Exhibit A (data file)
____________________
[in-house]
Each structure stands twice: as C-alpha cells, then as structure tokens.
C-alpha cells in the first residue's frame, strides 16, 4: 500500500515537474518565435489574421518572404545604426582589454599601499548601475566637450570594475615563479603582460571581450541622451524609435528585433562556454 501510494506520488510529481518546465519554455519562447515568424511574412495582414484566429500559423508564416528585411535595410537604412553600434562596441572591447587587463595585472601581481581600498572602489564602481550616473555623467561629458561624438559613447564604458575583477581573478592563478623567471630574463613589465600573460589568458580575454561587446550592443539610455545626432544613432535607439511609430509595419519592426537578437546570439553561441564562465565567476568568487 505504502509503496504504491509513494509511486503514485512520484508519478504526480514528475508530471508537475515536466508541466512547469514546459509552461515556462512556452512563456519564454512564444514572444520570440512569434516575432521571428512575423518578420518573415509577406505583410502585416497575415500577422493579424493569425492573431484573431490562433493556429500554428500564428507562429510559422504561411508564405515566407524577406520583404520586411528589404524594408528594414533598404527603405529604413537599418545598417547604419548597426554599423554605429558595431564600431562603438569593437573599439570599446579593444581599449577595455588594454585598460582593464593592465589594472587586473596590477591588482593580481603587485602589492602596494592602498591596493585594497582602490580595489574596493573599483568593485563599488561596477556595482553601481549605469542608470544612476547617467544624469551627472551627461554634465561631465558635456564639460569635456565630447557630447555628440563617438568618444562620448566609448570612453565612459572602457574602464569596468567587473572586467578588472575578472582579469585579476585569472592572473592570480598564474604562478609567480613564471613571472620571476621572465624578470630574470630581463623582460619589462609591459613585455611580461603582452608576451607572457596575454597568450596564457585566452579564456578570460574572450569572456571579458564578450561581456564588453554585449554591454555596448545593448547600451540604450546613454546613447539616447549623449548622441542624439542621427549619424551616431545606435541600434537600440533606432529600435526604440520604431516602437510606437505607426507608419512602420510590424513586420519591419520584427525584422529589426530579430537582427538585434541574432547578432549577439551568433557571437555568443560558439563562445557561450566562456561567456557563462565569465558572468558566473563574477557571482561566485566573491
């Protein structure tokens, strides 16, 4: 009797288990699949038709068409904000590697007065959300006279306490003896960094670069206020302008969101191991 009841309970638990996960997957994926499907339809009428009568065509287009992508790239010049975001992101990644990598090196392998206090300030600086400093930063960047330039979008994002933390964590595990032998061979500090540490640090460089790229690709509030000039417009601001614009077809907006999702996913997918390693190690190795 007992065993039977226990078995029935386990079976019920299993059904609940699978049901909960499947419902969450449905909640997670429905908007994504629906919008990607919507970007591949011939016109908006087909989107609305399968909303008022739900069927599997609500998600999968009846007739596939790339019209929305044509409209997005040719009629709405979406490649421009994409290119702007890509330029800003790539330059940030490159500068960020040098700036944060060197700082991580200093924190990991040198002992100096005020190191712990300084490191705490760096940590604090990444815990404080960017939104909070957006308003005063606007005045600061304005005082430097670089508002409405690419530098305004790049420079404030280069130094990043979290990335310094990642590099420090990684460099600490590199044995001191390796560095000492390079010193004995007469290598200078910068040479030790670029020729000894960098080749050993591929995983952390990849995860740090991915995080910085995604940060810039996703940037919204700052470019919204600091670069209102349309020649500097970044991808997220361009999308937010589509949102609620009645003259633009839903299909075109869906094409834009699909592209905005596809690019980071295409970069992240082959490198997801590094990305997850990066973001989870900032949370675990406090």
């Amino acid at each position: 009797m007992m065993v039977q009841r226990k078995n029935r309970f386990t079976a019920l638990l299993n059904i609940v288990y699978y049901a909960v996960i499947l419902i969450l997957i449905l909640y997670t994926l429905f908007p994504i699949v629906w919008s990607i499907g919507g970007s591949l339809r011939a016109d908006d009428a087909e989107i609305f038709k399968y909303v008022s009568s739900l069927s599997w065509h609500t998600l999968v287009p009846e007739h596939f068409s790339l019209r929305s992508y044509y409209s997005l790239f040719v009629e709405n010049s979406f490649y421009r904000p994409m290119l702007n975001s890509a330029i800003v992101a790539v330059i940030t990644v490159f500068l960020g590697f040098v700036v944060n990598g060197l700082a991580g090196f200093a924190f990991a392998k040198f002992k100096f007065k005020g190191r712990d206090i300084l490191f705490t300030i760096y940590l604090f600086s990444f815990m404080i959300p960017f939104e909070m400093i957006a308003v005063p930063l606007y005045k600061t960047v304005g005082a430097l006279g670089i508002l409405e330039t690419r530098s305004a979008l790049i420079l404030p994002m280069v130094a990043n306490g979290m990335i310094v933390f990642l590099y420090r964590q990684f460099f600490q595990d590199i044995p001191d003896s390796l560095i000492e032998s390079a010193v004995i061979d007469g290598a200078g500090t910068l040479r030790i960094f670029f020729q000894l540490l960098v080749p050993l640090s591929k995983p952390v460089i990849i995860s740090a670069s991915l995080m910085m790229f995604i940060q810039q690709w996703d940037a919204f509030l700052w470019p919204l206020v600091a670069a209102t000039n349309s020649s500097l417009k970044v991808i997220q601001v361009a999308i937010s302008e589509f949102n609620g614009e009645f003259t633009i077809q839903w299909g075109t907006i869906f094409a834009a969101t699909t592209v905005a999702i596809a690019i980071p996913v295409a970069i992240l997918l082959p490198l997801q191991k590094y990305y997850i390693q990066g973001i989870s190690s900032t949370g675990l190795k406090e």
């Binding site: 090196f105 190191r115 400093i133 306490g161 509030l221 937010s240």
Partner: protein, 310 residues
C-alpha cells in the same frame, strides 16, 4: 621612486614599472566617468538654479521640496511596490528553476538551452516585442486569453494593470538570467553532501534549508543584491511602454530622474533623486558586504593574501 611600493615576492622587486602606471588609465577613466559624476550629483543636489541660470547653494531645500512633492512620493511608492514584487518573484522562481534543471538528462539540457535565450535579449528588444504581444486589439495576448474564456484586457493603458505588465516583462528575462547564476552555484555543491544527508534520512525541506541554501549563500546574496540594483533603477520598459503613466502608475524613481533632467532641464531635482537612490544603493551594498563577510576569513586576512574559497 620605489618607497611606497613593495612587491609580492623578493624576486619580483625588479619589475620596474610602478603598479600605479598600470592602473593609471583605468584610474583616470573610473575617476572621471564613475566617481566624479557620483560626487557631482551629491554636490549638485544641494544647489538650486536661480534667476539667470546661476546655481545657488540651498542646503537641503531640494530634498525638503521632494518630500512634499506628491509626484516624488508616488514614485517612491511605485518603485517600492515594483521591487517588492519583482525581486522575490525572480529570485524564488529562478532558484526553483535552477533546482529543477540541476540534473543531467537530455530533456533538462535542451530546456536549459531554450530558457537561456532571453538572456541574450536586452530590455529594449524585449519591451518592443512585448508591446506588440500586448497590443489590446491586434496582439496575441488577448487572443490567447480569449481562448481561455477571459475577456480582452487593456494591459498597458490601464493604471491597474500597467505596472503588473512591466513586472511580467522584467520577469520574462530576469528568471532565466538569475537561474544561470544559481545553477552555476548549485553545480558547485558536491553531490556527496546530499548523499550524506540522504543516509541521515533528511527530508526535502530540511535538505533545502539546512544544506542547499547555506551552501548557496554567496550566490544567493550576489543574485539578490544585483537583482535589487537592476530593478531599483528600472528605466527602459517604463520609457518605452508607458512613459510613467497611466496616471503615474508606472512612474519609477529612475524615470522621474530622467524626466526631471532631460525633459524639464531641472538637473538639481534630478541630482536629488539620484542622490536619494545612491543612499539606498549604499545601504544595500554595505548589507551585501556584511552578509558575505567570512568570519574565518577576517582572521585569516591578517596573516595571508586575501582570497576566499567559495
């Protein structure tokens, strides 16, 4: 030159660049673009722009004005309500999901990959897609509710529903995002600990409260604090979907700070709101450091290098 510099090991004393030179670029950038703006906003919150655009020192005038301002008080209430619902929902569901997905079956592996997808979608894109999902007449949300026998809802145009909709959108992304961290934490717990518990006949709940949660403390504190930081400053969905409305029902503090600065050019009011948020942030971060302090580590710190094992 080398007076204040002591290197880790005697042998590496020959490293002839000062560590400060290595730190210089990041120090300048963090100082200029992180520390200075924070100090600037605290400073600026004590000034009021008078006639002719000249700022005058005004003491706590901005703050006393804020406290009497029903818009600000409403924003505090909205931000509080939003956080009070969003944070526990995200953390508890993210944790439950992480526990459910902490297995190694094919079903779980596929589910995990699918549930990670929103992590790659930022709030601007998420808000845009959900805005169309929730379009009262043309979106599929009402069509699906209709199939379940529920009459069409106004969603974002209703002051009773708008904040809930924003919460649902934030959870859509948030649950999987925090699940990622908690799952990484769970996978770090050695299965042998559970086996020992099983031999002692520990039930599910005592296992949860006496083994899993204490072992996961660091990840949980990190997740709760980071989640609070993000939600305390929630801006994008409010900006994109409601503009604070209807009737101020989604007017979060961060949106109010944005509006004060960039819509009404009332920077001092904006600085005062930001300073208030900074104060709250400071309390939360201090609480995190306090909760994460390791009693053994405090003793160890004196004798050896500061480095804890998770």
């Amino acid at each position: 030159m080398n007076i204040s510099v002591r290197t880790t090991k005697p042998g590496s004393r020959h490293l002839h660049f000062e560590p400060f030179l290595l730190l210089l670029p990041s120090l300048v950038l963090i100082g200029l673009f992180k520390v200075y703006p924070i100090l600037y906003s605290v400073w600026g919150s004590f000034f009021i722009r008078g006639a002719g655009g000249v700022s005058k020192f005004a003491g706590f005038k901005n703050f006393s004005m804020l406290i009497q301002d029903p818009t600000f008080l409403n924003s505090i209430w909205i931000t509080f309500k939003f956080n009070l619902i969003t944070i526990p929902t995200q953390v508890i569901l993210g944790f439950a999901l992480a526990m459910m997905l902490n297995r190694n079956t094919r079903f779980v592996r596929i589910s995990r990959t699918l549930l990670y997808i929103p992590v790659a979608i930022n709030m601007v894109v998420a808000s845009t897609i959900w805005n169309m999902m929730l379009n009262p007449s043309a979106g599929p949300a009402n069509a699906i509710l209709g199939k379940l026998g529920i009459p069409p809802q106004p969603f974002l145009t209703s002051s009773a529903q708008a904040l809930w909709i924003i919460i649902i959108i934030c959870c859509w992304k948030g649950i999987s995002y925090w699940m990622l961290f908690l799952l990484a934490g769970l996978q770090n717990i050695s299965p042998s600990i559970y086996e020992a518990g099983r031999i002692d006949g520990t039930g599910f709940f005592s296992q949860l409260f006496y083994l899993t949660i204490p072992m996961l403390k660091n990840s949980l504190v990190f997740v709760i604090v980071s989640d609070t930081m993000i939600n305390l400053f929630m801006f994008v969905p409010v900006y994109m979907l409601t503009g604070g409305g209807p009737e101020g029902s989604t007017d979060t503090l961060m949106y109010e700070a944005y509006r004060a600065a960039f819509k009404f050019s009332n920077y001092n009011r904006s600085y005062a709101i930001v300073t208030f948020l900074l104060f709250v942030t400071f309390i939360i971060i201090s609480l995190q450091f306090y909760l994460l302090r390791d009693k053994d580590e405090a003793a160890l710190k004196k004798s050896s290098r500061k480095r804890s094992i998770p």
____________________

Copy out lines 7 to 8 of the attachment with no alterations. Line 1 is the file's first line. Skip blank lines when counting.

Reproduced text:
Partner: protein, 310 residues
C-alpha cells in the same frame, strides 16, 4: 621612486614599472566617468538654479521640496511596490528553476538551452516585442486569453494593470538570467553532501534549508543584491511602454530622474533623486558586504593574501 611600493615576492622587486602606471588609465577613466559624476550629483543636489541660470547653494531645500512633492512620493511608492514584487518573484522562481534543471538528462539540457535565450535579449528588444504581444486589439495576448474564456484586457493603458505588465516583462528575462547564476552555484555543491544527508534520512525541506541554501549563500546574496540594483533603477520598459503613466502608475524613481533632467532641464531635482537612490544603493551594498563577510576569513586576512574559497 620605489618607497611606497613593495612587491609580492623578493624576486619580483625588479619589475620596474610602478603598479600605479598600470592602473593609471583605468584610474583616470573610473575617476572621471564613475566617481566624479557620483560626487557631482551629491554636490549638485544641494544647489538650486536661480534667476539667470546661476546655481545657488540651498542646503537641503531640494530634498525638503521632494518630500512634499506628491509626484516624488508616488514614485517612491511605485518603485517600492515594483521591487517588492519583482525581486522575490525572480529570485524564488529562478532558484526553483535552477533546482529543477540541476540534473543531467537530455530533456533538462535542451530546456536549459531554450530558457537561456532571453538572456541574450536586452530590455529594449524585449519591451518592443512585448508591446506588440500586448497590443489590446491586434496582439496575441488577448487572443490567447480569449481562448481561455477571459475577456480582452487593456494591459498597458490601464493604471491597474500597467505596472503588473512591466513586472511580467522584467520577469520574462530576469528568471532565466538569475537561474544561470544559481545553477552555476548549485553545480558547485558536491553531490556527496546530499548523499550524506540522504543516509541521515533528511527530508526535502530540511535538505533545502539546512544544506542547499547555506551552501548557496554567496550566490544567493550576489543574485539578490544585483537583482535589487537592476530593478531599483528600472528605466527602459517604463520609457518605452508607458512613459510613467497611466496616471503615474508606472512612474519609477529612475524615470522621474530622467524626466526631471532631460525633459524639464531641472538637473538639481534630478541630482536629488539620484542622490536619494545612491543612499539606498549604499545601504544595500554595505548589507551585501556584511552578509558575505567570512568570519574565518577576517582572521585569516591578517596573516595571508586575501582570497576566499567559495